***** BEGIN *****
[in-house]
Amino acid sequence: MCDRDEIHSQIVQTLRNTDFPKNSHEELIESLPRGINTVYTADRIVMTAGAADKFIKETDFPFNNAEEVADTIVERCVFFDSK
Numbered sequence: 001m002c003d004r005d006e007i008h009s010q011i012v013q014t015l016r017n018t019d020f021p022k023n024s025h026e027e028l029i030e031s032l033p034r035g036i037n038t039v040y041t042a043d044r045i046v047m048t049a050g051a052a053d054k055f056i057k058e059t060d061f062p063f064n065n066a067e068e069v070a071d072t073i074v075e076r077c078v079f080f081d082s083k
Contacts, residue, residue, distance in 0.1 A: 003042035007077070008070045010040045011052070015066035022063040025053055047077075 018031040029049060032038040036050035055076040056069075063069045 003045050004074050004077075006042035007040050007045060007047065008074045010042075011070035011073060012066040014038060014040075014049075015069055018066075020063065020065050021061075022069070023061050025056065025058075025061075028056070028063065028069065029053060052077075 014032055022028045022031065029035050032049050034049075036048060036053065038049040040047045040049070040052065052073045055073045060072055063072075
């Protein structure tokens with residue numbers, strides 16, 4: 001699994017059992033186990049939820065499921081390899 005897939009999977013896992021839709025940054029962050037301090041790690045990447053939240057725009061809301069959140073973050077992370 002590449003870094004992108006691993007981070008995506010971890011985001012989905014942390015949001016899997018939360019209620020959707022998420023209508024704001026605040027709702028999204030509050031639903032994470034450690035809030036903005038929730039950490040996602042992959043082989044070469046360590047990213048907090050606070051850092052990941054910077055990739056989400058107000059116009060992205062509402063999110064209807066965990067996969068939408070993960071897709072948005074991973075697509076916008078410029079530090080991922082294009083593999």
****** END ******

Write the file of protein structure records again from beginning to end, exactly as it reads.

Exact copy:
[in-house]
Amino acid sequence: MCDRDEIHSQIVQTLRNTDFPKNSHEELIESLPRGINTVYTADRIVMTAGAADKFIKETDFPFNNAEEVADTIVERCVFFDSK
Numbered sequence: 001m002c003d004r005d006e007i008h009s010q011i012v013q014t015l016r017n018t019d020f021p022k023n024s025h026e027e028l029i030e031s032l033p034r035g036i037n038t039v040y041t042a043d044r045i046v047m048t049a050g051a052a053d054k055f056i057k058e059t060d061f062p063f064n065n066a067e068e069v070a071d072t073i074v075e076r077c078v079f080f081d082s083k
Contacts, residue, residue, distance in 0.1 A: 003042035007077070008070045010040045011052070015066035022063040025053055047077075 018031040029049060032038040036050035055076040056069075063069045 003045050004074050004077075006042035007040050007045060007047065008074045010042075011070035011073060012066040014038060014040075014049075015069055018066075020063065020065050021061075022069070023061050025056065025058075025061075028056070028063065028069065029053060052077075 014032055022028045022031065029035050032049050034049075036048060036053065038049040040047045040049070040052065052073045055073045060072055063072075
């Protein structure tokens with residue numbers, strides 16, 4: 001699994017059992033186990049939820065499921081390899 005897939009999977013896992021839709025940054029962050037301090041790690045990447053939240057725009061809301069959140073973050077992370 002590449003870094004992108006691993007981070008995506010971890011985001012989905014942390015949001016899997018939360019209620020959707022998420023209508024704001026605040027709702028999204030509050031639903032994470034450690035809030036903005038929730039950490040996602042992959043082989044070469046360590047990213048907090050606070051850092052990941054910077055990739056989400058107000059116009060992205062509402063999110064209807066965990067996969068939408070993960071897709072948005074991973075697509076916008078410029079530090080991922082294009083593999």